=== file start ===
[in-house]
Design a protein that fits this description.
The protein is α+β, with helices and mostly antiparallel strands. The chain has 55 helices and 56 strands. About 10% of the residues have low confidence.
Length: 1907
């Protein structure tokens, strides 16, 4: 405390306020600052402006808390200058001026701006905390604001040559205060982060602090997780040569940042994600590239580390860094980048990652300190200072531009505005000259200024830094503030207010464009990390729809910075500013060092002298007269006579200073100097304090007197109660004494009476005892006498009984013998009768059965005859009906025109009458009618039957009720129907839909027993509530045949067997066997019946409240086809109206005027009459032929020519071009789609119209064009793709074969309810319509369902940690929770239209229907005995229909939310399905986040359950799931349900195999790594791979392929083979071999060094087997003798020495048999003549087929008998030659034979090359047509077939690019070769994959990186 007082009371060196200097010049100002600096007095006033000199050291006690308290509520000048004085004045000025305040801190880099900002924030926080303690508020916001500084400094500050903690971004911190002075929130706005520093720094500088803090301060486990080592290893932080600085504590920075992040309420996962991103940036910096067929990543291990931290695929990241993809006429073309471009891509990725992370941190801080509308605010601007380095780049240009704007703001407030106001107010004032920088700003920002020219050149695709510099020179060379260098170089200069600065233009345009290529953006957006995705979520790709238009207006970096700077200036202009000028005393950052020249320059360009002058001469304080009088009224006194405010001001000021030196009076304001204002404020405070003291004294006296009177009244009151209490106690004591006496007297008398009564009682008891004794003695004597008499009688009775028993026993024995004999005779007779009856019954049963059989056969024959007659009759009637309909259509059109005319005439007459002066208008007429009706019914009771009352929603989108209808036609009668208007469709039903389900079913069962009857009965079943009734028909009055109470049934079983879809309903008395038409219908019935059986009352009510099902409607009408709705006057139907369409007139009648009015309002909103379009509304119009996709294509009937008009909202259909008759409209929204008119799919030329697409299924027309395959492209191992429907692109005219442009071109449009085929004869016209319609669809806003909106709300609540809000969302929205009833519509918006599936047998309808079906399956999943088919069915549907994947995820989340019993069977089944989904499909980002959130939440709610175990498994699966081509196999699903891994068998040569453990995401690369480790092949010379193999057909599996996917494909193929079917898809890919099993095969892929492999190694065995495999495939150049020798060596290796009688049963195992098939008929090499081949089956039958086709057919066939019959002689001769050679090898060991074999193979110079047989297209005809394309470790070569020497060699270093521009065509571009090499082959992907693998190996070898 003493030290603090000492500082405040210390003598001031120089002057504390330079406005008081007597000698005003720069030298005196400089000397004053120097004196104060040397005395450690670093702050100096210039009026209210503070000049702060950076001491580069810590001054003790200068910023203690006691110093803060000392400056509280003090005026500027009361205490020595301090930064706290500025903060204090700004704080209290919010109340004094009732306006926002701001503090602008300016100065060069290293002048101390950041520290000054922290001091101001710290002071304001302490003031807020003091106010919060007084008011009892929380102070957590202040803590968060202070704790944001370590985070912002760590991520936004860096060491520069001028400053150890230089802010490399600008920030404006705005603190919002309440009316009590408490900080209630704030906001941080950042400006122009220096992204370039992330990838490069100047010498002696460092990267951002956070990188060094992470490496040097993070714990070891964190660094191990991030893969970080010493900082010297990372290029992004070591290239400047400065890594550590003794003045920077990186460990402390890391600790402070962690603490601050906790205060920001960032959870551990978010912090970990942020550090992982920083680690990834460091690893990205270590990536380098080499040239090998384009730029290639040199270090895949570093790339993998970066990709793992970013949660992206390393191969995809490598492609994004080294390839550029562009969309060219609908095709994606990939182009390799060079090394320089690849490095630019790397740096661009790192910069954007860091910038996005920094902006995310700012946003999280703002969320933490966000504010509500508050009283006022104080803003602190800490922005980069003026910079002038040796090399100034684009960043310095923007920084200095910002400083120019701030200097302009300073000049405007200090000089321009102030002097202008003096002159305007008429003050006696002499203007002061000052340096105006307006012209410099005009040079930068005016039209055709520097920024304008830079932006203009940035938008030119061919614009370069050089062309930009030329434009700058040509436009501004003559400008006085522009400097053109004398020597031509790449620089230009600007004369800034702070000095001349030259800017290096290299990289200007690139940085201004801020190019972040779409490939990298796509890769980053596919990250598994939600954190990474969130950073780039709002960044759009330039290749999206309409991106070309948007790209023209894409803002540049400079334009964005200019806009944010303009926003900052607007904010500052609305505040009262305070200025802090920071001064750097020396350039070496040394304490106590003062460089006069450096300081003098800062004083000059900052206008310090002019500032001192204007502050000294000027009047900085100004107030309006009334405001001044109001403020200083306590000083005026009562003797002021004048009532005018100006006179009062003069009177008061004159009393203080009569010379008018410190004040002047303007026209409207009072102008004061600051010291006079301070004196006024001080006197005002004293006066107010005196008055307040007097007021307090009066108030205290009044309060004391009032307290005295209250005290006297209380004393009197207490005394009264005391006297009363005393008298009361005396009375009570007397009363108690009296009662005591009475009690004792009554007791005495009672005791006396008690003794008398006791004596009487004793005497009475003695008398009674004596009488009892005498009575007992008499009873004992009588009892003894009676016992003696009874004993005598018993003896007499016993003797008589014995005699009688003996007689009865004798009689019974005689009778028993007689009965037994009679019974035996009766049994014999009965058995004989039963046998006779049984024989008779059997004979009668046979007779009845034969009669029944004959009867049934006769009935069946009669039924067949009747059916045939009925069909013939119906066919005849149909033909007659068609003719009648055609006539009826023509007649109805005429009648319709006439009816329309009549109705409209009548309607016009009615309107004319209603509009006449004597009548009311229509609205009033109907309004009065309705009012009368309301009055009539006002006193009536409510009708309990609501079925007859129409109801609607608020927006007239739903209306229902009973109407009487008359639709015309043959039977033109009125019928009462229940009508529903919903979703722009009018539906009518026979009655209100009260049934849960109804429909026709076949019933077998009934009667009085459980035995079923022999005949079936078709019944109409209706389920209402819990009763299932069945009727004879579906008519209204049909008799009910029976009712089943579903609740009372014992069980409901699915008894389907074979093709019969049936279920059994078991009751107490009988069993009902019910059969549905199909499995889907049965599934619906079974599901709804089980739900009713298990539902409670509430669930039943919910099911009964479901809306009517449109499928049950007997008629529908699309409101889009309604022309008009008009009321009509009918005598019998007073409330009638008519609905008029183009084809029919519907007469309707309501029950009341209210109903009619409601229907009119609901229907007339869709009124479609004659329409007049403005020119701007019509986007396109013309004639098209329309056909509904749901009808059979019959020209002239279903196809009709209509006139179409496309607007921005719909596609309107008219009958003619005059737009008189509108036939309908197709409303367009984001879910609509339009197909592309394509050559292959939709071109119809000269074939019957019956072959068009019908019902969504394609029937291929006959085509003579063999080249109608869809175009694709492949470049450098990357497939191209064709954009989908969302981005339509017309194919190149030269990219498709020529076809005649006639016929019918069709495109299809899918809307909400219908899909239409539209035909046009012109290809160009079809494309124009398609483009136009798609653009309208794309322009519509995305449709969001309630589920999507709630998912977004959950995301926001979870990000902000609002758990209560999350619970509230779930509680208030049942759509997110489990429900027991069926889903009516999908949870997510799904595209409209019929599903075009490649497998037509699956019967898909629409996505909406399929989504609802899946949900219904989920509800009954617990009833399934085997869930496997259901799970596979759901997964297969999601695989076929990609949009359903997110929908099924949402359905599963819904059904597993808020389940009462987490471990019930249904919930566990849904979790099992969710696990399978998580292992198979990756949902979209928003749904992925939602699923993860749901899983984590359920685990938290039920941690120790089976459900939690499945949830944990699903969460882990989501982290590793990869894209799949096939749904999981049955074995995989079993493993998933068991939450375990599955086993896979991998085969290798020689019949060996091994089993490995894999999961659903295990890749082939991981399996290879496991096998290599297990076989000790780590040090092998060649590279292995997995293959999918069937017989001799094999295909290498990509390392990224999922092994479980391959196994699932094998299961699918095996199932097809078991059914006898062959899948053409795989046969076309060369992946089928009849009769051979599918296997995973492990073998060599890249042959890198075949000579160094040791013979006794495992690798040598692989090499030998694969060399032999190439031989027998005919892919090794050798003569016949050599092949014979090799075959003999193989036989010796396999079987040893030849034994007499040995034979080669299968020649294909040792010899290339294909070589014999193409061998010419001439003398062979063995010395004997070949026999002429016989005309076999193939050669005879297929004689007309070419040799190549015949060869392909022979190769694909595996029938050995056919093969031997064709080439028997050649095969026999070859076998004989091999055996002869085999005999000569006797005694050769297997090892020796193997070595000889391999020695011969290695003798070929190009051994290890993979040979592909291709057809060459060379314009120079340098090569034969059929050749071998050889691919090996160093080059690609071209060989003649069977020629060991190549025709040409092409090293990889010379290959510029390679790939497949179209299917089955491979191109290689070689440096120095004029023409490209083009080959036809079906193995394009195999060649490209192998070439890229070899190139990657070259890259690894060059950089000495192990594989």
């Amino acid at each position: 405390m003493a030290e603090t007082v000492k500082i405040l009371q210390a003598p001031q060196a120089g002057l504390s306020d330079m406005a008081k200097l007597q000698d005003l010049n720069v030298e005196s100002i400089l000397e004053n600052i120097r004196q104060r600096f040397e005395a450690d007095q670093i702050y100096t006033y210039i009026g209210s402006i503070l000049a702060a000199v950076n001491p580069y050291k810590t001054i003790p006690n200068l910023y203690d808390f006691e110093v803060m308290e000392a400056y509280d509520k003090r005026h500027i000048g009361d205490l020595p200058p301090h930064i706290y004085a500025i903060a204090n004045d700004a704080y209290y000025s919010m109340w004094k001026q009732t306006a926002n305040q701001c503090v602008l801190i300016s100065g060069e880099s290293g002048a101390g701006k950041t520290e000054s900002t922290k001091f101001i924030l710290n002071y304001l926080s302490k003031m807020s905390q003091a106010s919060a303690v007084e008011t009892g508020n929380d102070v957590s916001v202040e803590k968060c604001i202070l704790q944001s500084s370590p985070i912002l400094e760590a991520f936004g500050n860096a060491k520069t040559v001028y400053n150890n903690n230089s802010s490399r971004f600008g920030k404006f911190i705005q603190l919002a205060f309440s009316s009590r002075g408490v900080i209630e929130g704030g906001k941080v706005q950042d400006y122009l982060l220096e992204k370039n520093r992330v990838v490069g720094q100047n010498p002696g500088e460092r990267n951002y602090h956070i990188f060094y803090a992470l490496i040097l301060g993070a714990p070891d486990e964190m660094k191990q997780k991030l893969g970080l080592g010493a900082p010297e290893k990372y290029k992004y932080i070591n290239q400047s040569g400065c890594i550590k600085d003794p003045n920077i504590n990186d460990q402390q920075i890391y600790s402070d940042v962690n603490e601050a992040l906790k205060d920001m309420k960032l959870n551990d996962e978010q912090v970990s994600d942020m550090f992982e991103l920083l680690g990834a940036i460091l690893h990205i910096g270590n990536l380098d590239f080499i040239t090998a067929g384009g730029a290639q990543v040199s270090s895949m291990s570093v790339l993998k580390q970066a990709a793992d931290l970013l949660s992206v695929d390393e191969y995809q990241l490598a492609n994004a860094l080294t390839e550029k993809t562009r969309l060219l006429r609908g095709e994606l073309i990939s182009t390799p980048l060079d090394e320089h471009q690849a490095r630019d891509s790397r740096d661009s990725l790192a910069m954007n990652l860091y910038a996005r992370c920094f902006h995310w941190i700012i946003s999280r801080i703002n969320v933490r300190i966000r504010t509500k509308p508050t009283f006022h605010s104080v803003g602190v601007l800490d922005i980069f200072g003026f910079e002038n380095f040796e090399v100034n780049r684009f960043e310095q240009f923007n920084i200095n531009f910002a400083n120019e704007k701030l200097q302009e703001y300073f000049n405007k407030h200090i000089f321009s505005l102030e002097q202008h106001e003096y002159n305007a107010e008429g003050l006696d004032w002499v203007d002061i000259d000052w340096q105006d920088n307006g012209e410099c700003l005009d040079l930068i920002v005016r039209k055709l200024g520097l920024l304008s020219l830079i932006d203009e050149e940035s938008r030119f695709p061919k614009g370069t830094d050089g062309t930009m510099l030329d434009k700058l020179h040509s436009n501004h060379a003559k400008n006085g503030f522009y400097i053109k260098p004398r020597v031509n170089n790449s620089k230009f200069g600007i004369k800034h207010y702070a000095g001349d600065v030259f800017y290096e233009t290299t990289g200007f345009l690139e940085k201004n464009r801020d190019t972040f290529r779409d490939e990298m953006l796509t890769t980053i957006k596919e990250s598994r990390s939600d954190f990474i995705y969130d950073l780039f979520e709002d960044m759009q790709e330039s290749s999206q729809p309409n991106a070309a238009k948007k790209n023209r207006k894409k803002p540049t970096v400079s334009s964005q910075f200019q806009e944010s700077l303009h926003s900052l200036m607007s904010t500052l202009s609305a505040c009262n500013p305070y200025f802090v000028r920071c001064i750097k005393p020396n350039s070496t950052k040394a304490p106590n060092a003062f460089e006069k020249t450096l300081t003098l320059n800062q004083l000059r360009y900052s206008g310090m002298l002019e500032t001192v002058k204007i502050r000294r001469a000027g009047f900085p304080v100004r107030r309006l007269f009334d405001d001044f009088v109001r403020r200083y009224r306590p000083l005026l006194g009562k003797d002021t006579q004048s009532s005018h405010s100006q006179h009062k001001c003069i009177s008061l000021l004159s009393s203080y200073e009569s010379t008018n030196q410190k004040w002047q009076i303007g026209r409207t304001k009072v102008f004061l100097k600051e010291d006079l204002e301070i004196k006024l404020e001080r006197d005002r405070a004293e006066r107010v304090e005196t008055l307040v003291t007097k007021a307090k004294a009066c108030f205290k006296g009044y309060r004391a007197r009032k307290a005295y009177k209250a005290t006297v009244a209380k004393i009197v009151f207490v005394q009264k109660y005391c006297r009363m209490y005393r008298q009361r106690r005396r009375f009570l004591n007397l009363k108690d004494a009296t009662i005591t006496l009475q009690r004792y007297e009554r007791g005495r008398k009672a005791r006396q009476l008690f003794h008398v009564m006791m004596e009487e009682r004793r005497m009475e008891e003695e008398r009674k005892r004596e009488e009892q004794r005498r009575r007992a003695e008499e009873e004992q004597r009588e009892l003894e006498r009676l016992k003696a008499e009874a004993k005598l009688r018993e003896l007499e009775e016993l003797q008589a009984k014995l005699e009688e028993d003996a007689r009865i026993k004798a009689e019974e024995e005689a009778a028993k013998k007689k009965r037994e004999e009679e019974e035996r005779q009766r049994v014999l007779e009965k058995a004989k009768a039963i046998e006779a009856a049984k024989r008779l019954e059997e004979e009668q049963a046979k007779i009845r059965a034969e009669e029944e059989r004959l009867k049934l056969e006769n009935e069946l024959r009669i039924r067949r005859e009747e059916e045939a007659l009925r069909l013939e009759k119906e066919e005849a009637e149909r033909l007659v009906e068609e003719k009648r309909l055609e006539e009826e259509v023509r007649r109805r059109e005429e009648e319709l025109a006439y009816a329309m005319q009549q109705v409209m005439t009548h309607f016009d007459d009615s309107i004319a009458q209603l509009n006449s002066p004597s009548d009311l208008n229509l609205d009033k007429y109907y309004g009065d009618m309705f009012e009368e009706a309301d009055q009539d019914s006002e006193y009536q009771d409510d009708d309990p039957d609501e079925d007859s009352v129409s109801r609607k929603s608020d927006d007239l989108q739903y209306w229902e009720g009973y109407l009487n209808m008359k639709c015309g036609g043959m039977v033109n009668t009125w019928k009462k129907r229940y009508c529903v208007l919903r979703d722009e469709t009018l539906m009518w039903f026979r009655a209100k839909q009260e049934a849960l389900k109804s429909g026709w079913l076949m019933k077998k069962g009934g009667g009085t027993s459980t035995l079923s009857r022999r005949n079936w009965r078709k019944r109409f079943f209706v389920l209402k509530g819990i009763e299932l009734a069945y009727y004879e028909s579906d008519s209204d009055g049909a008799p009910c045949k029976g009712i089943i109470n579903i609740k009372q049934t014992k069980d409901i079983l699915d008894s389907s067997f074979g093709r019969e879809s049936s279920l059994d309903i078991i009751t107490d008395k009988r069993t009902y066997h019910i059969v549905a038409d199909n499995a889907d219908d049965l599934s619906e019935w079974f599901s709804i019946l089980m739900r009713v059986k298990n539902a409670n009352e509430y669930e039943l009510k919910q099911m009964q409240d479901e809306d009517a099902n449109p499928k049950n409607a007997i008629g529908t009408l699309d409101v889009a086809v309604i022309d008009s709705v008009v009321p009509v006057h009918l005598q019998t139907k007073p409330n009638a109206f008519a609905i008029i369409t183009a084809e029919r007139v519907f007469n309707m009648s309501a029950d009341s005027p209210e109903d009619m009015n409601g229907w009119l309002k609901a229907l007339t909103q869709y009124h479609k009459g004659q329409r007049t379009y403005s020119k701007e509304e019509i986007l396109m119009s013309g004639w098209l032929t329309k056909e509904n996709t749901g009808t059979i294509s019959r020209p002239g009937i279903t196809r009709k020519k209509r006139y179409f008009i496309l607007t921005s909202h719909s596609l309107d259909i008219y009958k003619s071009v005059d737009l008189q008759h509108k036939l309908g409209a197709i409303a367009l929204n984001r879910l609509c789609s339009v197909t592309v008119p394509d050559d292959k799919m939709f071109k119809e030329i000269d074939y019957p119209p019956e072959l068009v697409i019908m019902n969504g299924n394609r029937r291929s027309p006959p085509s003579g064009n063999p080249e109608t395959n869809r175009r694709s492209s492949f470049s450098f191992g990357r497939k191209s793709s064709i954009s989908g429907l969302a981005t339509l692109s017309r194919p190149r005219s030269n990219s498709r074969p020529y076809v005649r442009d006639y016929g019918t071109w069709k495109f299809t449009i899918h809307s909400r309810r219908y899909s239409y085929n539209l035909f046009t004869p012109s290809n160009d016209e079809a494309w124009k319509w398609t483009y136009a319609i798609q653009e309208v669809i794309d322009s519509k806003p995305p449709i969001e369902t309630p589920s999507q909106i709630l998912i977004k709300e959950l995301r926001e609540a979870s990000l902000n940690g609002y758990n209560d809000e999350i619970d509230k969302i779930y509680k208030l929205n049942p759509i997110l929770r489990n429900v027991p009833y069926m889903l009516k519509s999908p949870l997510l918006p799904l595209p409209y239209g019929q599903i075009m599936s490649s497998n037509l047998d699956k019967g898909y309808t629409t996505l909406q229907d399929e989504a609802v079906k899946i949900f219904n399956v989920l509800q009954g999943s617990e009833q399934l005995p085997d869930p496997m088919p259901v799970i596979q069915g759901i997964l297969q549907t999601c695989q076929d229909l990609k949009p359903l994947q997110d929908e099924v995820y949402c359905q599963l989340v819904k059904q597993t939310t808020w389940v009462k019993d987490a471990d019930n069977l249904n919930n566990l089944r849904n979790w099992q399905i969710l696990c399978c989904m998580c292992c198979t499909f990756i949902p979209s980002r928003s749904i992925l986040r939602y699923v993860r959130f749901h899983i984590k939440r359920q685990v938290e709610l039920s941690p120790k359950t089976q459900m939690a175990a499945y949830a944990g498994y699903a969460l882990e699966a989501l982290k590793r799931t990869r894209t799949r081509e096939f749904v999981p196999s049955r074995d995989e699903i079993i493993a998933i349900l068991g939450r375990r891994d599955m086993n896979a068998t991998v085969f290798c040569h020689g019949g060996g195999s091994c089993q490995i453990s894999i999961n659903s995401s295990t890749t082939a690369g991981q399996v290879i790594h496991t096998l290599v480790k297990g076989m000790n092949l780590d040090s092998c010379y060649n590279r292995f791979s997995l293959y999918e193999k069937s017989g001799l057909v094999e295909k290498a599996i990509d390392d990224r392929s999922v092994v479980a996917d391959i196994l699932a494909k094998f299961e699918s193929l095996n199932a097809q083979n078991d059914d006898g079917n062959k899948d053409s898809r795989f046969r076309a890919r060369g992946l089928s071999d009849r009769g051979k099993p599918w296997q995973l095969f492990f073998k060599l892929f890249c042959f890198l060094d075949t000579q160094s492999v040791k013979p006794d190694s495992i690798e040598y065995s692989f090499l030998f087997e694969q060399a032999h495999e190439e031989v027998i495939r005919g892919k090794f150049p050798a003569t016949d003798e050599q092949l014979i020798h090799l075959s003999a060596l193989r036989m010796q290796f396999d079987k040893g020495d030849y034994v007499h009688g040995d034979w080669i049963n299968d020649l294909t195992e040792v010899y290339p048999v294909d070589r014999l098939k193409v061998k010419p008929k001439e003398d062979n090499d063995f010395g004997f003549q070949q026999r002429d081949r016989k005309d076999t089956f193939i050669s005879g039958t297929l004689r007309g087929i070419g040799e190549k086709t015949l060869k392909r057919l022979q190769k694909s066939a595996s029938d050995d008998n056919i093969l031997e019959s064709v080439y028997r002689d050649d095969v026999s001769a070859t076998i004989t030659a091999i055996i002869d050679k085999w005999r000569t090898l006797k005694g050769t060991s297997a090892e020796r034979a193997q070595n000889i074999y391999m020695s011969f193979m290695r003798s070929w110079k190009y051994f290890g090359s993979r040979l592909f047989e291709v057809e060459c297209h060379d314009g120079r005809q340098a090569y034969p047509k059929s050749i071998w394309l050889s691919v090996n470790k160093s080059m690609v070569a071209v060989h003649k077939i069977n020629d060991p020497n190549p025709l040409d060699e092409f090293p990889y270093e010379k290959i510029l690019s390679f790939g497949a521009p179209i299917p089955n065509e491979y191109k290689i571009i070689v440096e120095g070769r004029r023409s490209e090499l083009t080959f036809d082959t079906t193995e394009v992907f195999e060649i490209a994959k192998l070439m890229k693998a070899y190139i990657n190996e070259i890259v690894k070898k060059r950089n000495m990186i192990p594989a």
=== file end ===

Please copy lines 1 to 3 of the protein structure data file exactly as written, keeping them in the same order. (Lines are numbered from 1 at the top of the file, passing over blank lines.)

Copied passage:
[in-house]
Design a protein that fits this description.
The protein is α+β, with helices and mostly antiparallel strands. The chain has 55 helices and 56 strands. About 10% of the residues have low confidence.